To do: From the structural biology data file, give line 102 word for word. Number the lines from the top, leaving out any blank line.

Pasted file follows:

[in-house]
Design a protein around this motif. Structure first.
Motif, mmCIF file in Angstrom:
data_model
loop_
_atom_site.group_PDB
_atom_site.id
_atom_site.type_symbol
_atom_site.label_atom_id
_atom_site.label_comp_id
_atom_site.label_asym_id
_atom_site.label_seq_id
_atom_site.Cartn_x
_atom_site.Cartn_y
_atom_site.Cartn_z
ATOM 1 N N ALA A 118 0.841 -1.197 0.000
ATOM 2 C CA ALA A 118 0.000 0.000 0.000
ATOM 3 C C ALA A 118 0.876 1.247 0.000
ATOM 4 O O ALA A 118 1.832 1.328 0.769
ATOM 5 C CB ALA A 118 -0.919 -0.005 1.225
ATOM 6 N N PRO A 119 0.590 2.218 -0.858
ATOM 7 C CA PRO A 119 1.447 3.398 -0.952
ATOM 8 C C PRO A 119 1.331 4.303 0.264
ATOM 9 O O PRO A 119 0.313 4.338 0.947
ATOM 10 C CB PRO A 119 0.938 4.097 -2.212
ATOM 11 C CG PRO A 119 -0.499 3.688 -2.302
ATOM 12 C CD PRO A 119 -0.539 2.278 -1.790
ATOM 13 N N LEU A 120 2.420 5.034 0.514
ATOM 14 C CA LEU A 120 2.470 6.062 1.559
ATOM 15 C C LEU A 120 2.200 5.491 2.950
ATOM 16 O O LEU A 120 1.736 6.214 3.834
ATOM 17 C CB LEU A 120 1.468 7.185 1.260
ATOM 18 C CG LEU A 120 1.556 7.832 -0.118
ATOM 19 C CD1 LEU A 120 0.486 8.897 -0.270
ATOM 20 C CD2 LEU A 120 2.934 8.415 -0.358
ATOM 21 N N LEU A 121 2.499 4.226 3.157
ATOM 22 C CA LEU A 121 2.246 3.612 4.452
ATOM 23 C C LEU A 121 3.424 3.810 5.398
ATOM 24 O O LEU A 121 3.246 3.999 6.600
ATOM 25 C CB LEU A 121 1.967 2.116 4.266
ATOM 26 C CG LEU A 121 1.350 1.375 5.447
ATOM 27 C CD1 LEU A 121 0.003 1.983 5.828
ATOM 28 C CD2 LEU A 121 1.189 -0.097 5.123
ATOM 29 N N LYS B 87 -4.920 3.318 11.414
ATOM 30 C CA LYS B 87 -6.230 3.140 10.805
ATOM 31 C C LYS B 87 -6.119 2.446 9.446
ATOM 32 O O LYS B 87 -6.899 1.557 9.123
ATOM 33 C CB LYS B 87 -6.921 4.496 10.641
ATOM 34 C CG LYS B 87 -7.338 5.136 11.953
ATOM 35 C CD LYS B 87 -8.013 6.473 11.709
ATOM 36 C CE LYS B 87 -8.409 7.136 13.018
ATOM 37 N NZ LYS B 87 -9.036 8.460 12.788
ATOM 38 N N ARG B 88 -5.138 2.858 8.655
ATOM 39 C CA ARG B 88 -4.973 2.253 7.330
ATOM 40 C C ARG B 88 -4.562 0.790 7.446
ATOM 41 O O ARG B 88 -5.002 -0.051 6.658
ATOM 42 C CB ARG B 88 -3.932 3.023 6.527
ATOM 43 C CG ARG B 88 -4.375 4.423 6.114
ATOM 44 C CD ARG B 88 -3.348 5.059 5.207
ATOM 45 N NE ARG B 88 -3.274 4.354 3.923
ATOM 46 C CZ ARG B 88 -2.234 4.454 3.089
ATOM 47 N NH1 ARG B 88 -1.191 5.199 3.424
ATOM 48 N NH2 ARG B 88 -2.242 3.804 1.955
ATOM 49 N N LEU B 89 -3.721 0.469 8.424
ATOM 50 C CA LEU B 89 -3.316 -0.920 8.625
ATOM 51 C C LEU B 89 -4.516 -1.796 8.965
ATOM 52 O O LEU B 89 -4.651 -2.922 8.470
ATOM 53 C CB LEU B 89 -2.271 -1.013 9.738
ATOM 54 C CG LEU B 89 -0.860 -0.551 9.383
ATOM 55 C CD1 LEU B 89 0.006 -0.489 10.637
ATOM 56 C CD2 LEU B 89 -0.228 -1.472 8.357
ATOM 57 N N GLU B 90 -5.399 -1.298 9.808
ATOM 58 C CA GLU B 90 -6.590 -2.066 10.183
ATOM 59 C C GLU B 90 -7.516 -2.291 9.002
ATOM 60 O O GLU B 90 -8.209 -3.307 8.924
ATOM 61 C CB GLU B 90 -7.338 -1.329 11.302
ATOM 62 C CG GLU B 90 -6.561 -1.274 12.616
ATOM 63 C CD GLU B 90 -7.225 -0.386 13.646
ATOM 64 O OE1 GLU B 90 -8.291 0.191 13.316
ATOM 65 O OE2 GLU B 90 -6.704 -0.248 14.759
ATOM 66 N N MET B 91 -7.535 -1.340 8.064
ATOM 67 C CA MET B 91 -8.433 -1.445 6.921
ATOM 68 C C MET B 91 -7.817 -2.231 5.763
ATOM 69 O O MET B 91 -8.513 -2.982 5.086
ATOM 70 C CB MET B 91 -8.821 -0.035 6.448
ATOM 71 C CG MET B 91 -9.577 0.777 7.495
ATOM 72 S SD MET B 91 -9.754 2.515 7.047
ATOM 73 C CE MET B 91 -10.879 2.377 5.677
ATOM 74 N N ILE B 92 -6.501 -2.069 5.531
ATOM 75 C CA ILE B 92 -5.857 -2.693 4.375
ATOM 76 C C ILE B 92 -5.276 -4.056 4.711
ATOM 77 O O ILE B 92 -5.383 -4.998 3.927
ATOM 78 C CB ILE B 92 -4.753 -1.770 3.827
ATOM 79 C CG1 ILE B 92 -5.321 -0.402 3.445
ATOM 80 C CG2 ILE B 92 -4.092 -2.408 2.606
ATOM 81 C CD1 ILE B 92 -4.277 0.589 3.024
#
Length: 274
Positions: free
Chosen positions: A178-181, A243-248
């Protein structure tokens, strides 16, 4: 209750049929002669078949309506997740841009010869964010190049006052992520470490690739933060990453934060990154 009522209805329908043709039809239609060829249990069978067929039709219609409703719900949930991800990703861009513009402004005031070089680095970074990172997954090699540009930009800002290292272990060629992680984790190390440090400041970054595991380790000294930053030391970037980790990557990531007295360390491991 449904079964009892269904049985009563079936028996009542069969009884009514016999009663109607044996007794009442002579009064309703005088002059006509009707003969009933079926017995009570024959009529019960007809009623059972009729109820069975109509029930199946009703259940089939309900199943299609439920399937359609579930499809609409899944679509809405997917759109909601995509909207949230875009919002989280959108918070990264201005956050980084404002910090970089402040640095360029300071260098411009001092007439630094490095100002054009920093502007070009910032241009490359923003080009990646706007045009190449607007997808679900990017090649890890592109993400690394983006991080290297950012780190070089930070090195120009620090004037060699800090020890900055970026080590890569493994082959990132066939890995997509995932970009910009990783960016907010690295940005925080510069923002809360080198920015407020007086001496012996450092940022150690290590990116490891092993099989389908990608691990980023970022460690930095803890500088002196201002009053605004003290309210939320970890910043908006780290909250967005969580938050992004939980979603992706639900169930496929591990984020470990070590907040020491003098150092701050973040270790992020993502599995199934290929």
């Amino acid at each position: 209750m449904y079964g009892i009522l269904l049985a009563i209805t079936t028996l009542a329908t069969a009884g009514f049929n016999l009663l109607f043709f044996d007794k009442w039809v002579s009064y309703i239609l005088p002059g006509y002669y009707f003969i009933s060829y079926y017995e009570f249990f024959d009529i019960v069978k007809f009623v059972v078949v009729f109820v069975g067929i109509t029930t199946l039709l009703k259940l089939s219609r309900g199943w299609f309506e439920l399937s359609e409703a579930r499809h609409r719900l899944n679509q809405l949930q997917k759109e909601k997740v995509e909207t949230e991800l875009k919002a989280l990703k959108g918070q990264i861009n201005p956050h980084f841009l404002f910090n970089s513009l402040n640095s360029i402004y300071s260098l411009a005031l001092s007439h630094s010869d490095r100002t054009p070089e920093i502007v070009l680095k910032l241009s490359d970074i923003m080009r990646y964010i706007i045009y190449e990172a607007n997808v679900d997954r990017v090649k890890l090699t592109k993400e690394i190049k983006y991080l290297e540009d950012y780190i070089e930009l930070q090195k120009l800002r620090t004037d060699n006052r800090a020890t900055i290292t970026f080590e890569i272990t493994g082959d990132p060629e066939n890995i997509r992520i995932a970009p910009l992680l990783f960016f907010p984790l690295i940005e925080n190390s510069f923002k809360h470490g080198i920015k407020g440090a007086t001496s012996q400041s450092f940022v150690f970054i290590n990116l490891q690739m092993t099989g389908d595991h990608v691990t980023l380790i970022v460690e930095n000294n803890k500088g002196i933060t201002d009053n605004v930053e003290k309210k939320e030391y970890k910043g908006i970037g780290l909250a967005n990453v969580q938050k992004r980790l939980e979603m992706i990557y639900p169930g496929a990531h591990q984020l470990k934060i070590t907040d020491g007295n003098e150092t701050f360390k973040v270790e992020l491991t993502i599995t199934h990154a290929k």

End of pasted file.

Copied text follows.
């Amino acid at each position: 209750m449904y079964g009892i009522l269904l049985a009563i209805t079936t028996l009542a329908t069969a009884g009514f049929n016999l009663l109607f043709f044996d007794k009442w039809v002579s009064y309703i239609l005088p002059g006509y002669y009707f003969i009933s060829y079926y017995e009570f249990f024959d009529i019960v069978k007809f009623v059972v078949v009729f109820v069975g067929i109509t029930t199946l039709l009703k259940l089939s219609r309900g199943w299609f309506e439920l399937s359609e409703a579930r499809h609409r719900l899944n679509q809405l949930q997917k759109e909601k997740v995509e909207t949230e991800l875009k919002a989280l990703k959108g918070q990264i861009n201005p956050h980084f841009l404002f910090n970089s513009l402040n640095s360029i402004y300071s260098l411009a005031l001092s007439h630094s010869d490095r100002t054009p070089e920093i502007v070009l680095k910032l241009s490359d970074i923003m080009r990646y964010i706007i045009y190449e990172a607007n997808v679900d997954r990017v090649k890890l090699t592109k993400e690394i190049k983006y991080l290297e540009d950012y780190i070089e930009l930070q090195k120009l800002r620090t004037d060699n006052r800090a020890t900055i290292t970026f080590e890569i272990t493994g082959d990132p060629e066939n890995i997509r992520i995932a970009p910009l992680l990783f960016f907010p984790l690295i940005e925080n190390s510069f923002k809360h470490g080198i920015k407020g440090a007086t001496s012996q400041s450092f940022v150690f970054i290590n990116l490891q690739m092993t099989g389908d595991h990608v691990t980023l380790i970022v460690e930095n000294n803890k500088g002196i933060t201002d009053n605004v930053e003290k309210k939320e030391y970890k910043g908006i970037g780290l909250a967005n990453v969580q938050k992004r980790l939980e979603m992706i990557y639900p169930g496929a990531h591990q984020l470990k934060i070590t907040d020491g007295n003098e150092t701050f360390k973040v270790e992020l491991t993502i599995t199934h990154a290929k």